Jackson dances around future greenhouse gas plans
EPA Administrator Lisa Jackson on Thursday danced around the agency’s plans for future regulations of greenhouse gas emissions from existing power plants.
Speaking at the CERES Conference in Boston, Jackson said the public discourse is focused on what is coming next.
“Much of the discussion is about the next sources” to be regulated for greenhouse gases, Jackson said, acknowledging that the Clean Air Act requires that once the agency begins regulating a pollutant, it must continue regulatory efforts for numerous emission sources.
“We’re certainly not running away from that,” she said. “But we are mindful … [that] we need to do it in a way that’s better for our economy. I joined the president in hoping for legislation — and that’s not happening.”
EPA officials have made a recent about-face on public plans to regulate greenhouse gas emissions at existing power plants after striking mentions of the assumed next step the new plant rulemaking last month.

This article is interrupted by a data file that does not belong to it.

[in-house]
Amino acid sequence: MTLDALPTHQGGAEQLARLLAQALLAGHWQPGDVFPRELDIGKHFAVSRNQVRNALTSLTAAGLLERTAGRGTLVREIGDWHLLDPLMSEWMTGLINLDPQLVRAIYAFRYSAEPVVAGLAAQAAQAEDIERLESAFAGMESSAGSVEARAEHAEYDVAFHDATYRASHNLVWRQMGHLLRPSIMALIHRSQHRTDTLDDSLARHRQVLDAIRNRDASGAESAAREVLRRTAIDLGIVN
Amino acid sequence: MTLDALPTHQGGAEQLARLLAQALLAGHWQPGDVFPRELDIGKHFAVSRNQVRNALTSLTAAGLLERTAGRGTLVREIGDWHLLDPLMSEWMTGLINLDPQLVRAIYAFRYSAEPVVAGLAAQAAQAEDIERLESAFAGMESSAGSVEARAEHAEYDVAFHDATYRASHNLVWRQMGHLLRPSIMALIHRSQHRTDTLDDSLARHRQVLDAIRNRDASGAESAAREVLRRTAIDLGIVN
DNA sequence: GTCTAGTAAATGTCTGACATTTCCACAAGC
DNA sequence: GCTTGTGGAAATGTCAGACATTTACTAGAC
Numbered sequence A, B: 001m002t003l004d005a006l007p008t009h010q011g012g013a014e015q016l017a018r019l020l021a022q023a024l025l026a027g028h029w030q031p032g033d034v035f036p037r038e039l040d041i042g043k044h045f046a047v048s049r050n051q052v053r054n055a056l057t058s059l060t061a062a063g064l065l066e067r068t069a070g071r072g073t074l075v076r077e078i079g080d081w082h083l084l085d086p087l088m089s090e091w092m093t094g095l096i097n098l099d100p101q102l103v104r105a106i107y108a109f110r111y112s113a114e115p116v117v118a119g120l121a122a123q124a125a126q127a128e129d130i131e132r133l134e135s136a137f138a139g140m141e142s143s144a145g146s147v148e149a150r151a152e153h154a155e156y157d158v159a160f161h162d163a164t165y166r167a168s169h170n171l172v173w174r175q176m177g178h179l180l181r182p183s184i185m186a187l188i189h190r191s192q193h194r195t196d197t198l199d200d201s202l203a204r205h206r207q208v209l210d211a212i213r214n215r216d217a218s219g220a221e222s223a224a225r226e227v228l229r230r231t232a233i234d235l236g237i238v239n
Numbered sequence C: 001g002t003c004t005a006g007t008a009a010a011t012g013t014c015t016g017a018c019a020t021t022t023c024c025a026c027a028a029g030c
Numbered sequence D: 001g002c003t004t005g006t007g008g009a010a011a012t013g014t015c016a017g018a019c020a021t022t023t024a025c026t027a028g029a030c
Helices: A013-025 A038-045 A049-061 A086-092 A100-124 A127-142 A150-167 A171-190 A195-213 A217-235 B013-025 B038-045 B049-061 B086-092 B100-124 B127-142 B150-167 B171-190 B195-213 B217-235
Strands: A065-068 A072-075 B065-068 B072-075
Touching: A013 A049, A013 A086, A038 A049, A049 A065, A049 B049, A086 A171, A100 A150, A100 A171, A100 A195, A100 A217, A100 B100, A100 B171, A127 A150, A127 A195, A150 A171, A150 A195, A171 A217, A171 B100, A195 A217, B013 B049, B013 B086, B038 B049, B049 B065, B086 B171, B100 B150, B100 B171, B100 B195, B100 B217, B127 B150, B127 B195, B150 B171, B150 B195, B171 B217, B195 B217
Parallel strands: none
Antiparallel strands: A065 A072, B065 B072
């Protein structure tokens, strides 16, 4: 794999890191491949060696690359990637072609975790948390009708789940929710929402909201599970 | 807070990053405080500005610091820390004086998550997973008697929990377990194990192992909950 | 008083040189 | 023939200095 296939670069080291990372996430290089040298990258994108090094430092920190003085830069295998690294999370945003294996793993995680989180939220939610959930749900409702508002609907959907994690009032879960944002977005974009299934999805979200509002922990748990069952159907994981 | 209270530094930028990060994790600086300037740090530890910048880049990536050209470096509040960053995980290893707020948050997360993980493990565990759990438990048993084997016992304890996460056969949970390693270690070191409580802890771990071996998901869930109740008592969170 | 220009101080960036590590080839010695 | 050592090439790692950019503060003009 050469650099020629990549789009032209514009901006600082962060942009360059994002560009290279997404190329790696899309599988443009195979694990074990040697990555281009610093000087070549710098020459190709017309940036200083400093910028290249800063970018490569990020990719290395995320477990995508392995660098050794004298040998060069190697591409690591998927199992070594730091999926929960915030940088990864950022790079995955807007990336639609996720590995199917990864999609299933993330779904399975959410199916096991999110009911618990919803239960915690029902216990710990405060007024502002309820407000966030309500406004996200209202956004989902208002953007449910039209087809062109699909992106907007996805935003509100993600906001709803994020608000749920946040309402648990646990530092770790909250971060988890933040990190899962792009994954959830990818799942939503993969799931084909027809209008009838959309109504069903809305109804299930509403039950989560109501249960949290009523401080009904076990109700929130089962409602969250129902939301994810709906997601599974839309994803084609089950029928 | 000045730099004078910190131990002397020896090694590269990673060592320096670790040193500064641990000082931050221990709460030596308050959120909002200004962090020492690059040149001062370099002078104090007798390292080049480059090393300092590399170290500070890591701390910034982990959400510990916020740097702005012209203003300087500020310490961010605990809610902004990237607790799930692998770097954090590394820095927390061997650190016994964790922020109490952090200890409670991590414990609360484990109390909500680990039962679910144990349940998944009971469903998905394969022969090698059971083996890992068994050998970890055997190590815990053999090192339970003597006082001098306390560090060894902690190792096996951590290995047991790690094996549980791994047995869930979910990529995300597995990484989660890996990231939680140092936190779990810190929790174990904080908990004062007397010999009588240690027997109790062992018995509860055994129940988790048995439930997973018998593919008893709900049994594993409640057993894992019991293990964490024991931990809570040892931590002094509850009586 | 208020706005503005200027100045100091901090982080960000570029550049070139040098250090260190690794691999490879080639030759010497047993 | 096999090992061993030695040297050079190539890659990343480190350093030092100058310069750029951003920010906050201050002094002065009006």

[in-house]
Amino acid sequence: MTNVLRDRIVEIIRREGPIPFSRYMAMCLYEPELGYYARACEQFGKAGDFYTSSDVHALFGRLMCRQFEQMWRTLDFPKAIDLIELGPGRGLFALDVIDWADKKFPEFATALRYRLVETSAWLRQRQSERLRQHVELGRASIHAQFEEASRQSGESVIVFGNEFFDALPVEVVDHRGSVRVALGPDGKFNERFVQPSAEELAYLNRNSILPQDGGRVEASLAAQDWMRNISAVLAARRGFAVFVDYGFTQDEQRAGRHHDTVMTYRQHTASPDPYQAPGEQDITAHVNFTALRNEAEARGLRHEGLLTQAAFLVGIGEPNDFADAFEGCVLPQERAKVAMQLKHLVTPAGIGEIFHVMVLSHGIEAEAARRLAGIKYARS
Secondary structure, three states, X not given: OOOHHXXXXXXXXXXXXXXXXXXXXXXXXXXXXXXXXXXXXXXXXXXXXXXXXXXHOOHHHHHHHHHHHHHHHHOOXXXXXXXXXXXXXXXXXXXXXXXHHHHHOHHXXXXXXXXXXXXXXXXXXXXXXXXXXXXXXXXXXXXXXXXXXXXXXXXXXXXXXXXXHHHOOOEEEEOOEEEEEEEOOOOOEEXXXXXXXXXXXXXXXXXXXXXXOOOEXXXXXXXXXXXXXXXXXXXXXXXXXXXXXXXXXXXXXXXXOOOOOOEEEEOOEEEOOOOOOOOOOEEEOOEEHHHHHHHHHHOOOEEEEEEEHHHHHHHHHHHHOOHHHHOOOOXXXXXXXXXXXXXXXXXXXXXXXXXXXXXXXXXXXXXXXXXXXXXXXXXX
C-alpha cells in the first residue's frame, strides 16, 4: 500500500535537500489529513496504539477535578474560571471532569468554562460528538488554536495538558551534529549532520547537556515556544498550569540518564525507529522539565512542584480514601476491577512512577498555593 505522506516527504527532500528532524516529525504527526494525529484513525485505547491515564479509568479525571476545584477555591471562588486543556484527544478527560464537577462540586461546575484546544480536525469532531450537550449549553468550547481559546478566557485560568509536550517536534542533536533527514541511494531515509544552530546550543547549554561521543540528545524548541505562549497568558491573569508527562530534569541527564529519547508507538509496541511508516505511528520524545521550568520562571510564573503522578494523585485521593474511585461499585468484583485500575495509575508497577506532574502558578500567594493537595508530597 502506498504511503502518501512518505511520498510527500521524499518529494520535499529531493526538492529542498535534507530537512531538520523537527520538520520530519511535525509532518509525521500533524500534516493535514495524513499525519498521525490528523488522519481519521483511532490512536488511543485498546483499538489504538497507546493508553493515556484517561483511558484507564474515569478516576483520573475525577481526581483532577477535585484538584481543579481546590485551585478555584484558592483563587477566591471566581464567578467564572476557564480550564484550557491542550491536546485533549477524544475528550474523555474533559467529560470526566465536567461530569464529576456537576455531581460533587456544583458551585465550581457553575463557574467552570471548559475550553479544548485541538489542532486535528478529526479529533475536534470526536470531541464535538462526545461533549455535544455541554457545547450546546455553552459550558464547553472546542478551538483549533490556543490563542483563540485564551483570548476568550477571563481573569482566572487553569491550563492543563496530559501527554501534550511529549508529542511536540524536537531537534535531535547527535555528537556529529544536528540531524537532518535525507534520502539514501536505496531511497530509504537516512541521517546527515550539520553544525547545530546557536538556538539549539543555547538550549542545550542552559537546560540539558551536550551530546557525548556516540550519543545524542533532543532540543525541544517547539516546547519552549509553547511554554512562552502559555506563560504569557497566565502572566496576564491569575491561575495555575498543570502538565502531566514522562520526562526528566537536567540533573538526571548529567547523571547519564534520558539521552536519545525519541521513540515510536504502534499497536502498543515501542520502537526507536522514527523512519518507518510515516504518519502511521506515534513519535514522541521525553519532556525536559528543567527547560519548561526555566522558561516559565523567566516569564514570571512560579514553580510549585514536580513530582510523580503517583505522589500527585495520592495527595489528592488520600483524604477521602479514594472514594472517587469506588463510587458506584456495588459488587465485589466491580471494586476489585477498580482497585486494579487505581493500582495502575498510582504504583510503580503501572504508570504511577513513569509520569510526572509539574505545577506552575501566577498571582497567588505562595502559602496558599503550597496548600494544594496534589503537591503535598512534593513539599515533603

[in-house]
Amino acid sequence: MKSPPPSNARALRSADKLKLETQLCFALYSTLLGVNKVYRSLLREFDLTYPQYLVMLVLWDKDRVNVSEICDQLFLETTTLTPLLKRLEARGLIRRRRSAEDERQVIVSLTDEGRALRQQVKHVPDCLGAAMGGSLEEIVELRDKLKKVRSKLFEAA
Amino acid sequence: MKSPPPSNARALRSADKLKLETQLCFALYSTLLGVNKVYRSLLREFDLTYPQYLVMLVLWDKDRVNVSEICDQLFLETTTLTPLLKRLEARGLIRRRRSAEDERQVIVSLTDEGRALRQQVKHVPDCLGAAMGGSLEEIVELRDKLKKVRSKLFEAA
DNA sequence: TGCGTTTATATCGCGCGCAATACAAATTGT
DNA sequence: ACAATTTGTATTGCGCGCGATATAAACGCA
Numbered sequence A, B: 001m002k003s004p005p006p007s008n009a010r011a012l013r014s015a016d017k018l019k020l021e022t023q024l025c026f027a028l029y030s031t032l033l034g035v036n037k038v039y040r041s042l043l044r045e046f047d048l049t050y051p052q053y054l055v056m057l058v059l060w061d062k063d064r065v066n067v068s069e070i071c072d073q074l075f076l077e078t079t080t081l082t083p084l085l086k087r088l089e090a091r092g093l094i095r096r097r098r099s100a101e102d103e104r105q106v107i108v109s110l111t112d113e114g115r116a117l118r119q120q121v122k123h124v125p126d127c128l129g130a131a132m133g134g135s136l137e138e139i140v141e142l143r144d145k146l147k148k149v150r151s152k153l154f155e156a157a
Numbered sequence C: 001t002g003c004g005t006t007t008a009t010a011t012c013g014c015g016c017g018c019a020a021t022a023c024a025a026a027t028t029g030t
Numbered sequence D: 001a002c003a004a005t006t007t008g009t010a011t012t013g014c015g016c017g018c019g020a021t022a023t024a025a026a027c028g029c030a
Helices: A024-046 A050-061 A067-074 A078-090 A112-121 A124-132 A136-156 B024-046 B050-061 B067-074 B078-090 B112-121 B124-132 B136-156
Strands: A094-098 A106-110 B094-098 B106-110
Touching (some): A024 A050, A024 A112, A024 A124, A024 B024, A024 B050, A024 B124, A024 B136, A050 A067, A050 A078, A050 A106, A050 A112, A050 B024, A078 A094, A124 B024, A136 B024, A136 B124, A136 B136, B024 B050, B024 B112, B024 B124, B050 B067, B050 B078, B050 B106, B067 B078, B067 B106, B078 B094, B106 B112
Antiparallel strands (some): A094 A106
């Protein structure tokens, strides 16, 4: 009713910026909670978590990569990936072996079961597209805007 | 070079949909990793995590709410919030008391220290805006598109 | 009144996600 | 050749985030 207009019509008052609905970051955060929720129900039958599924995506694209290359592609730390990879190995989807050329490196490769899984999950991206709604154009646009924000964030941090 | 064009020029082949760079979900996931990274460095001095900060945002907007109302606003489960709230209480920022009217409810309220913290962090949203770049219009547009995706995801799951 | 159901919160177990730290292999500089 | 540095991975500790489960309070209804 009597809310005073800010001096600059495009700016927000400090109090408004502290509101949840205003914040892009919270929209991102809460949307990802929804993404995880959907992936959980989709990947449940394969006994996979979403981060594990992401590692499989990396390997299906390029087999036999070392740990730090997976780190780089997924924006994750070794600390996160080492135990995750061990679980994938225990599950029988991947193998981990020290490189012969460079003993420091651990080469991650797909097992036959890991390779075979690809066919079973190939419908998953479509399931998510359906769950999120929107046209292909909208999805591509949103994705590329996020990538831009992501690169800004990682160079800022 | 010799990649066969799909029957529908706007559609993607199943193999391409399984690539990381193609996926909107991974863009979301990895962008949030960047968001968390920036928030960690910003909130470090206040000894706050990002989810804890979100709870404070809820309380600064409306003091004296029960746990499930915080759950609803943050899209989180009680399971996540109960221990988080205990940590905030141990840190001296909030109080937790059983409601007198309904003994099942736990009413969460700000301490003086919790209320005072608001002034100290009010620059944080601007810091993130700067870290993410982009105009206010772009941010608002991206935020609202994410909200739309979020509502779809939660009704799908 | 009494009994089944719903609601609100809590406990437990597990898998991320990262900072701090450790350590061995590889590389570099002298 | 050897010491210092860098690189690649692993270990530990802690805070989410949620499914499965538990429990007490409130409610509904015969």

“Rest!” Jackson said when asked what is on the EPA’s agenda for climate change for the rest of the year — quickly adding, “No, just kidding. There’s no rest … the urgency remains there.”
It is an “honor to be part of an administration that’s not hiding” from climate change, Jackson said.
Jackson touted the accomplishments of the agency on climate change: establishing a first-time finding that greenhouse gases endanger the health and welfare of citizens, and the subsequent auto emissions limits, tailoring rule and last month’s greenhouse gas limits for new power plants. And she spoke of the agency’s just-finalized emissions rule for natural gas drilling and refineries, which does not directly regulate methane emissions, but will in effect limit them.
But she made no mention of any new steps to regulate greenhouse gas emissions, only noting that the agency will take comment on the proposed greenhouse gas rule for new power plants, and turn to the next round of car and truck rules that are due in September.
Jackson also noted that EPAs waiting on several court rulings over the endangerment finding, auto standards and the tailoring rule — expected this summer from the U.S. Court of Appeals for the D.C. Circuit.